The author Edward Abbey worked at the park in 1961 for a few brief months before being fired for being a "wrench in the operation." He said his job consisted of sitting in the entrance booth for 8 hours at a time asking people if they had stolen petrified wood, and feeling like they were all lying to him.

It's true that the park was inhospitable to visitors for years, but the emphasis now is on making the park open, accessible, and welcoming. Still, a sign at each end of the park says vehicles are subject to inspection, a kind of "trust, but verify" philosophy.

Some folks all of a sudden remember a chunk that's made its way into the car, and they're found on the side of the road between the sign and the exit.


I've been out there where the stuff lies thick on the ground, I've seen these truly beautiful and unique marvels of nature, and I understand why people want to take one home. 

Sometimes the pieces that make it out of the park also make their way back home. I was in the post office one day and saw this box, a lot worse for wear, waiting for someone to pick it up.

The box was already open on one corner, so I took a better look. Not the most gorgeous piece I've ever seen, but apparently attractive enough for someone to take home.

 The returnees are often accompanied by a letter. I don't know about this one; maybe the sender thought the note on the box was enough. 

The park keeps all the letters. There are at least a couple of boxes of them, and I sorted through some scans to find a good one. Many, many of them tell tales of bad luck coming in waves since the wood came into their possession. Here's one that's a typical account, sounding like a bad country music song:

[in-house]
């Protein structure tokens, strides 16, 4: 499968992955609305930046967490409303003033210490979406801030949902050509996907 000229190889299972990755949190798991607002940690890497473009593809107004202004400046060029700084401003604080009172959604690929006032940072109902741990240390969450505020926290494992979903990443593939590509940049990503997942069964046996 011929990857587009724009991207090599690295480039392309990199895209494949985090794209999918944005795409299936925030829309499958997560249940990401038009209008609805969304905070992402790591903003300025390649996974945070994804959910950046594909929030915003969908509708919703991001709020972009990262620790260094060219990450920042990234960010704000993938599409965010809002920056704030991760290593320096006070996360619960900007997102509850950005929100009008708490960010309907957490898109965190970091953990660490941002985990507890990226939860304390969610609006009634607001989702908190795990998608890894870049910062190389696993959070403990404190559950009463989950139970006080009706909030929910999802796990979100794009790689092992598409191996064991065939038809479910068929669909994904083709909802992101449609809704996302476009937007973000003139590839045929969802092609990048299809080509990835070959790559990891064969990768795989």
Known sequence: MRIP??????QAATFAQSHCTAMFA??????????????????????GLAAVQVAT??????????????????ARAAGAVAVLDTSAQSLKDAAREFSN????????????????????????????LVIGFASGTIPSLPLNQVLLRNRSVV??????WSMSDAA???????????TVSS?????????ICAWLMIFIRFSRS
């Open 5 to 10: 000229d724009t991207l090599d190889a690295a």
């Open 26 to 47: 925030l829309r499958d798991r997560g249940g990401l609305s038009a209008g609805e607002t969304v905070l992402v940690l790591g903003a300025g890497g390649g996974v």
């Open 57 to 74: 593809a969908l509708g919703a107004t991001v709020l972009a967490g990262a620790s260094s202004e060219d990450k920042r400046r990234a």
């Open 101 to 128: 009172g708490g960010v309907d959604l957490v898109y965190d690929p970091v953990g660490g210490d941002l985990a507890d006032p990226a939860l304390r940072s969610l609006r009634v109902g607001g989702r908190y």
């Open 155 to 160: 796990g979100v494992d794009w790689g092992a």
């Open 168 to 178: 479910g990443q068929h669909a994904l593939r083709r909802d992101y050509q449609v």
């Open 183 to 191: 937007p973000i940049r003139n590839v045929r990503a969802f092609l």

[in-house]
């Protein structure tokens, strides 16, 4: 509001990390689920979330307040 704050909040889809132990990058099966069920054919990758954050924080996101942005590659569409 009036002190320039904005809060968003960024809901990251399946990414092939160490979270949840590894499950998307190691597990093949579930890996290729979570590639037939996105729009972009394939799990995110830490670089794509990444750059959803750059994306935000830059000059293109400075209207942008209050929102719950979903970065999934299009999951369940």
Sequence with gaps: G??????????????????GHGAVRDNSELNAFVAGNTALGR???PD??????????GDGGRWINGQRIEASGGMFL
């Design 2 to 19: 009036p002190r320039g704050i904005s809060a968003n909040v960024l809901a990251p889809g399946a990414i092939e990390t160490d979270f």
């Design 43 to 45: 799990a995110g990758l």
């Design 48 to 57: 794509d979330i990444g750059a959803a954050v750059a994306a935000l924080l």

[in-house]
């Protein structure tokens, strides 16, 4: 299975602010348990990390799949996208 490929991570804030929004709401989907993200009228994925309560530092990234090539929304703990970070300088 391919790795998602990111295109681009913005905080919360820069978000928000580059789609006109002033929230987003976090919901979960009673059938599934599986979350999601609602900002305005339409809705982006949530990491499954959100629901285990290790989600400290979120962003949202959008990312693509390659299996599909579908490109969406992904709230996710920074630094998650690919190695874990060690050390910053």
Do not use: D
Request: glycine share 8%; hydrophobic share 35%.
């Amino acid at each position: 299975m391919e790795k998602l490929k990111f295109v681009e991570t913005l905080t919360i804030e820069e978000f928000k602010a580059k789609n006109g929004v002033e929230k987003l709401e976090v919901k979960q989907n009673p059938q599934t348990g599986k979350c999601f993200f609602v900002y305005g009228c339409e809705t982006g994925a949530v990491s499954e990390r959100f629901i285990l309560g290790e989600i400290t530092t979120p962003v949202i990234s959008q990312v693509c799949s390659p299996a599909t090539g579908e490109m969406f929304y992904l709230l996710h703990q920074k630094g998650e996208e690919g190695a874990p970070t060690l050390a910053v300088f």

If you absolutely have to have some, just buy a piece in the gift shop or from any of the vendors along the road. Stolen petrified wood is bad juju. 

Thought of the day: 
A guilty conscience is the mother of invention. (Carolyn Wells)

Sunday, August 25, 2013

Never, ever pass up fry bread

In a panicky flurry of day-tripping a few weeks ago to see all the places I'd put off, I made the return visit to Canyon de Chelly that I'd promised myself. The first time I went I didn't have the time or the water or the shoes for a hike into the canyon to see White House, but the second time I was prepared.

This trip was made on Highway 12, which crosses from Arizona to New Mexico and back to Arizona across Navajo land, and it got me wondering if there is a blah stretch of landscape anywhere in this part of the state. If so, I haven't seen it yet. I'm so grateful that there are usually wide shoulders to on which to pull over because otherwise, I'll tell you, I'd be sorely tempted to stop right in the lane with an eye on the rear view mirror. How could anyone pass up views like this?

Wild horses, I think. They're all over the area.

Knowing I was on Navajo land got me thinking about fry bread, and lo and behold, at the intersection of 12 and somewhere, there was a food truck selling just that. You betcha I stopped.

No turkey legs for me but plenty of people lined up behind me ordered them (at 8 bucks a pop!) and must have depleted the supply because by the time I left the sign was down.

The young woman forming the bread allowed me to photograph her tossing the dough into discs just like pizza makers used to do.